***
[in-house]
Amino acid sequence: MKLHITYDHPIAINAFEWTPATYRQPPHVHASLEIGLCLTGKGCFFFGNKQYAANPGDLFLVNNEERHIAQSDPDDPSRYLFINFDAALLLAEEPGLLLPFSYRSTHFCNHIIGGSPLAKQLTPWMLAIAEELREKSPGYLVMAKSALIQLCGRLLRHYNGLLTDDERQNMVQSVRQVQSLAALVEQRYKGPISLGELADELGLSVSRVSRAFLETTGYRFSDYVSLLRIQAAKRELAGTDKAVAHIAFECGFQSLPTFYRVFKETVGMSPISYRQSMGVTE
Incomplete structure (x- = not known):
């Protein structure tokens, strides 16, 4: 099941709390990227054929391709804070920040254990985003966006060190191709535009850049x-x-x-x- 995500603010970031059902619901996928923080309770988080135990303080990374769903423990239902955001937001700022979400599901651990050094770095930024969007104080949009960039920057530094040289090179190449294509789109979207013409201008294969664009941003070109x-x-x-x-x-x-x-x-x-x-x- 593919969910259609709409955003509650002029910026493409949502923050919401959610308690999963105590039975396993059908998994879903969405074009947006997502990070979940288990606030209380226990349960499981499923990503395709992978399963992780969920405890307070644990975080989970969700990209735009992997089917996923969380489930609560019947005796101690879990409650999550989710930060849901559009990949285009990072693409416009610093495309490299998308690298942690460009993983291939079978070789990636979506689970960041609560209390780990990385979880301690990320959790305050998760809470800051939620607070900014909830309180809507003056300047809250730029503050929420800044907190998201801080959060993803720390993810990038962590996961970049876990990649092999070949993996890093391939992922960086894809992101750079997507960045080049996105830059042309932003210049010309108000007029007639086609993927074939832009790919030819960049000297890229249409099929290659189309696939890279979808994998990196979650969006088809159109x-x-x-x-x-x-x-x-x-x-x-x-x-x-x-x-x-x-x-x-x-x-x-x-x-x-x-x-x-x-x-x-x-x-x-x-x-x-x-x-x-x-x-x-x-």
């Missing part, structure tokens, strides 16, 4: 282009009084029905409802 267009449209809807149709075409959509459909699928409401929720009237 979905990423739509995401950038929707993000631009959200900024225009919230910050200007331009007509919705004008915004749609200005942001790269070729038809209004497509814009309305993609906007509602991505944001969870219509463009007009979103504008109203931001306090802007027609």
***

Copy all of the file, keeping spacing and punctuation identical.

[in-house]
Amino acid sequence: MKLHITYDHPIAINAFEWTPATYRQPPHVHASLEIGLCLTGKGCFFFGNKQYAANPGDLFLVNNEERHIAQSDPDDPSRYLFINFDAALLLAEEPGLLLPFSYRSTHFCNHIIGGSPLAKQLTPWMLAIAEELREKSPGYLVMAKSALIQLCGRLLRHYNGLLTDDERQNMVQSVRQVQSLAALVEQRYKGPISLGELADELGLSVSRVSRAFLETTGYRFSDYVSLLRIQAAKRELAGTDKAVAHIAFECGFQSLPTFYRVFKETVGMSPISYRQSMGVTE
Incomplete structure (x- = not known):
């Protein structure tokens, strides 16, 4: 099941709390990227054929391709804070920040254990985003966006060190191709535009850049x-x-x-x- 995500603010970031059902619901996928923080309770988080135990303080990374769903423990239902955001937001700022979400599901651990050094770095930024969007104080949009960039920057530094040289090179190449294509789109979207013409201008294969664009941003070109x-x-x-x-x-x-x-x-x-x-x- 593919969910259609709409955003509650002029910026493409949502923050919401959610308690999963105590039975396993059908998994879903969405074009947006997502990070979940288990606030209380226990349960499981499923990503395709992978399963992780969920405890307070644990975080989970969700990209735009992997089917996923969380489930609560019947005796101690879990409650999550989710930060849901559009990949285009990072693409416009610093495309490299998308690298942690460009993983291939079978070789990636979506689970960041609560209390780990990385979880301690990320959790305050998760809470800051939620607070900014909830309180809507003056300047809250730029503050929420800044907190998201801080959060993803720390993810990038962590996961970049876990990649092999070949993996890093391939992922960086894809992101750079997507960045080049996105830059042309932003210049010309108000007029007639086609993927074939832009790919030819960049000297890229249409099929290659189309696939890279979808994998990196979650969006088809159109x-x-x-x-x-x-x-x-x-x-x-x-x-x-x-x-x-x-x-x-x-x-x-x-x-x-x-x-x-x-x-x-x-x-x-x-x-x-x-x-x-x-x-x-x-």
């Missing part, structure tokens, strides 16, 4: 282009009084029905409802 267009449209809807149709075409959509459909699928409401929720009237 979905990423739509995401950038929707993000631009959200900024225009919230910050200007331009007509919705004008915004749609200005942001790269070729038809209004497509814009309305993609906007509602991505944001969870219509463009007009979103504008109203931001306090802007027609």